Rise. Take Courage. Do It.


This past Monday, the Spiritual Life Commission (SLC) gathered to consider the 2020 theme for our beloved parish. Each year, the SLC gathers at the beginning of the summer and undertakes this unique, but humbling, process of prayerfully deliberating on important aspects of our spiritual life as a community of faith. It feels really good, and most uplifting, to experience such positive vibes and energy from among our parishioners - all of whom are dedicated to providing us with multiple avenues by which we can deep our spiritual life.


One of the important ministries that has touched me ever so deeply, and for which I am eternally thankful, is that of the SLC members' writing of prayers for our worship. These prayers have become part of our liturgical character, and they speak to the real needs of our Christ Church community and our common life. For me, hearing those prayers on Sunday mornings lifts my spirits up for, to the extent possible, those prayers are an authentic reflection of the collective thoughts of our community.


Beyond Sunday mornings, the SLC organizes many other events throughout the year. One such gathering is the Christ Church Annual Parish Retreat, held in beautiful Rehoboth Beach each October. This year’s retreat is scheduled for October 4-6, 2019. One of our favorite people, the Reverend Kirk Kubicek, is on board to lead the retreat. All of you are invited to join in for a great weekend. In addition to that event, the SLC also organizes Advent Quiet Day, Lenten Reflection Day, the Wednesday Evenings in Lent Supper Series, and the annual Daily Lenten Meditations Booklet. On July 17th and August 28th of this year, the SLC Summer Book Discussion group will meet to reflect on the book Who Needs God by Harold Kushner.


"Why are all these important?" one may ask.


Well, the point of enumerating all that the SLC does to deepen our spiritual lives is to bring home the point undergirding our theme for the year. The text supporting our theme is from the prophet Ezra. I was lost when the quote came up, because I don’t remember the last time I read the prophet Ezra. He is one of the minor exilic prophets, and introduced the Torah to Jerusalem upon his return from exile. Although the historical context of the text maybe haunting, our main focus is to glorify the potential in each of us to rise up to the task that has been given to us.


And that task - our task - is one of bringing people together. Our task is missional. Our task is one of changing lives. Our task is one of exhorting and bringing out the best in each one of us. Our task is one of reconciliation, and of hope. Our task is one of changing the narrative of those who are on the margins of our society. Our task is one of blessing each other with the gifts God has blessed us with. Our task is one of telling the salvation story to the lost. Our task is one of bringing healing and comfort to the brokenhearted, the wounded, the fainthearted, the sick, and the possessed. Our task is one of providing everyone with a reason to sing again - to sing of God’s goodness. Our task is one of holding each other in prayer, supporting each other, and walking hand-in-hand into a blessed future. Our task is one of mending God’s creation. Our task is one of forgiving each other.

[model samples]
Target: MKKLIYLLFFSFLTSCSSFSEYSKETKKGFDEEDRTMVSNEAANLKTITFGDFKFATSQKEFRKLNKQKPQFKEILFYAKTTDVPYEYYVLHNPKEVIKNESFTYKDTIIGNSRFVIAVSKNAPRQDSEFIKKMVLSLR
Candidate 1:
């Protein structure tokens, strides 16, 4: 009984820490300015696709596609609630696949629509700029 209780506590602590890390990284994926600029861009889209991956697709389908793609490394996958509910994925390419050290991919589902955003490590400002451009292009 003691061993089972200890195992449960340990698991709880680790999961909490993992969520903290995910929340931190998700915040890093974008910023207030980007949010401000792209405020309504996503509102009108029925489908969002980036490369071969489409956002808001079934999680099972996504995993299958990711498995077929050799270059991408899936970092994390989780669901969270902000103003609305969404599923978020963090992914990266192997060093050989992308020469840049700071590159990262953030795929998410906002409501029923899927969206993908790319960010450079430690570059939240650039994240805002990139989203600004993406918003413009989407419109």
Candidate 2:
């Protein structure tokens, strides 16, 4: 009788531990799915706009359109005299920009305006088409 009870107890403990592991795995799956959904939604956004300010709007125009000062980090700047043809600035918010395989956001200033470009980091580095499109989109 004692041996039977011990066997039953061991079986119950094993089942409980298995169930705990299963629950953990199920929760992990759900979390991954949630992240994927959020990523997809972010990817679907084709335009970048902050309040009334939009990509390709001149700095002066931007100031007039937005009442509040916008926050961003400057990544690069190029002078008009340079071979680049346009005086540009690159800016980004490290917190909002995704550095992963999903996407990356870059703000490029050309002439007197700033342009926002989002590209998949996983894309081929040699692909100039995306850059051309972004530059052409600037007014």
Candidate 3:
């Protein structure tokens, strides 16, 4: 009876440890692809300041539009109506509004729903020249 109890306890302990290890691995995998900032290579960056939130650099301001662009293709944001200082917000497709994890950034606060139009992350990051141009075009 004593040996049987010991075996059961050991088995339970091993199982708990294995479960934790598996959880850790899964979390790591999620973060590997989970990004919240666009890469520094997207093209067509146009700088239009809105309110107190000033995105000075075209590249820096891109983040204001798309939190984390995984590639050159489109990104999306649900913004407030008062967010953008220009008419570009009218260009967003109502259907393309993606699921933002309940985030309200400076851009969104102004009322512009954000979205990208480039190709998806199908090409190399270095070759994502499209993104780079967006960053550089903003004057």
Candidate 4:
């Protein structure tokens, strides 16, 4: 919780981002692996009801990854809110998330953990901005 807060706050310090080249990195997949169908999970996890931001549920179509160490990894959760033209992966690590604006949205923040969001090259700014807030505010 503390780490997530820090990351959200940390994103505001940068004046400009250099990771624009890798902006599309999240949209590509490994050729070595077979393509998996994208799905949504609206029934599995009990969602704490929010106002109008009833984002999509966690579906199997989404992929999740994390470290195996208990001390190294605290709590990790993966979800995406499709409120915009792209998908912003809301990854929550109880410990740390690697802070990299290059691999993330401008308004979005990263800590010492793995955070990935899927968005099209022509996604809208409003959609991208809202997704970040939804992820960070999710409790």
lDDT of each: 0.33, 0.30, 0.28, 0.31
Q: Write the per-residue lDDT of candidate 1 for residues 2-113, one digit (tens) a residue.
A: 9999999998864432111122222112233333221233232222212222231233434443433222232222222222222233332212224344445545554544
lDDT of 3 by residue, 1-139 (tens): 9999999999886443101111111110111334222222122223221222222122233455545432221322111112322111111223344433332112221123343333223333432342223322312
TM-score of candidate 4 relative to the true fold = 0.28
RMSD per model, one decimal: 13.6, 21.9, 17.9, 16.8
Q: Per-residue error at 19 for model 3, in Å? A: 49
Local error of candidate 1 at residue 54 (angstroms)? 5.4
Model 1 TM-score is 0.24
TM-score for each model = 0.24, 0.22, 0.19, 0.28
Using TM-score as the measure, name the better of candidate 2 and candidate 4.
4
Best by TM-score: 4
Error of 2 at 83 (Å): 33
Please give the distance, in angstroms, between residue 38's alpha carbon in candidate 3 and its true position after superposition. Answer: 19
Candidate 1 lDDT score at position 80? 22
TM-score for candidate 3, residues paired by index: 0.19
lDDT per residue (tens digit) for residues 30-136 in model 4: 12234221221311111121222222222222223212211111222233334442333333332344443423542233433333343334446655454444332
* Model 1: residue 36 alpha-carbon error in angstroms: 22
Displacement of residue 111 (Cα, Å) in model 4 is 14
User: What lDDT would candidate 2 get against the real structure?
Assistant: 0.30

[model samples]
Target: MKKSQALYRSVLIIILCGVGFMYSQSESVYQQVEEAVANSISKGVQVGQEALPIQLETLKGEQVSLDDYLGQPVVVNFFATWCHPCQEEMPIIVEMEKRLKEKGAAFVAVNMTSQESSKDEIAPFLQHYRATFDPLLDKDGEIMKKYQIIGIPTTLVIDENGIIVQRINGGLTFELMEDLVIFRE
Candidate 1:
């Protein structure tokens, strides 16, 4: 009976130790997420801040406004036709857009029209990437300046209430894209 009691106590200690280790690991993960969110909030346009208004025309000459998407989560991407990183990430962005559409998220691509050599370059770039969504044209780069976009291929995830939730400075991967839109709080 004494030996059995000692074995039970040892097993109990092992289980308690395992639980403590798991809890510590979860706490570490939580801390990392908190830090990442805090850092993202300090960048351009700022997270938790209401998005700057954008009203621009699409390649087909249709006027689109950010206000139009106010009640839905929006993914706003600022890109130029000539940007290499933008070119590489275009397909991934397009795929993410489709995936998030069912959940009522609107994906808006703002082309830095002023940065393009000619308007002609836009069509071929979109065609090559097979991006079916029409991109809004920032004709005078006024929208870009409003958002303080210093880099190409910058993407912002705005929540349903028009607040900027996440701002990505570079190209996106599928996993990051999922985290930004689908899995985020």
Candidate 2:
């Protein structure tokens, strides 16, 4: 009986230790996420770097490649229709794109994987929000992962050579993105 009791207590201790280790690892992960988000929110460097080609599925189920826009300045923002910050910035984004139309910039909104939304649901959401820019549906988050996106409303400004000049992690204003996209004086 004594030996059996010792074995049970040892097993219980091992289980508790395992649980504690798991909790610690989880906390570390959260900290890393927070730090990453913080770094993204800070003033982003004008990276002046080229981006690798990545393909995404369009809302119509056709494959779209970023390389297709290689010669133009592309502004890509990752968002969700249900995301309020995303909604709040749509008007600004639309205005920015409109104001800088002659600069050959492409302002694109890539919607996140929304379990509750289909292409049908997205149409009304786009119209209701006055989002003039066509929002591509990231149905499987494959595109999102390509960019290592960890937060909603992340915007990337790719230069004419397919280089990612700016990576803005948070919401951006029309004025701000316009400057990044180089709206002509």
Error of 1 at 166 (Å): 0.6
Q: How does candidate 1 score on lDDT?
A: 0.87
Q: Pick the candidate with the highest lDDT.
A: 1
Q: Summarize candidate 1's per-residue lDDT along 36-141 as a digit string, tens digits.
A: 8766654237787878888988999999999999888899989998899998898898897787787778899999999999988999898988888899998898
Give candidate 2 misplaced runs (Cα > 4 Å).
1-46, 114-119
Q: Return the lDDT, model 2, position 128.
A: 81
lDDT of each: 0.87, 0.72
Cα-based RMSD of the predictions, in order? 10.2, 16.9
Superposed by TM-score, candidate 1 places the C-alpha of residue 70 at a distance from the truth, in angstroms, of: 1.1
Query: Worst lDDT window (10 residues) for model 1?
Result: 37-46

Our tasks are many, and varied.


Nothing fills me with an unimaginable sense of pride than knowing that the task God has given us is so wide, so broad, so herculean and demanding - and yet, so fulfilling. Perhaps one other task is to always remember that the strength to accomplish what God has given us to do doesn’t come from us, but from God Himself. That is why He encourages us with these words: Rise up. Accept the challenge. Take Courage. Go ahead and do it. Let nothing hold you back. Let nothing stop you, because you know what? Anything worth doing at all is worth doing well. That is why we wouldn’t stumble upon the task that God has given to our care, but we will, while counting on His benevolent grace, execute that task to His infinite glory.


Hear what Paul says to the Church in Phillipi: “Finally, brothers and sisters, whatever is true, whatever is noble, whatever is right, whatever is pure, whatever is lovely, whatever is admirable--if anything is excellent or praiseworthy--think about such things.” To me, our task encapsulates all that is true, noble, right, pure, lovely, and admirable. We will not stop at merely thinking about them, we will do them - because that is what God requires of us.


Arise to accept the challenge. It may take a lot from us and require us to give our very best. The good news is that we can do it because the courage, strength, and capital to execute God’s task comes from the giver of the task - God.


Rise, take courage, and do it.


~Manny

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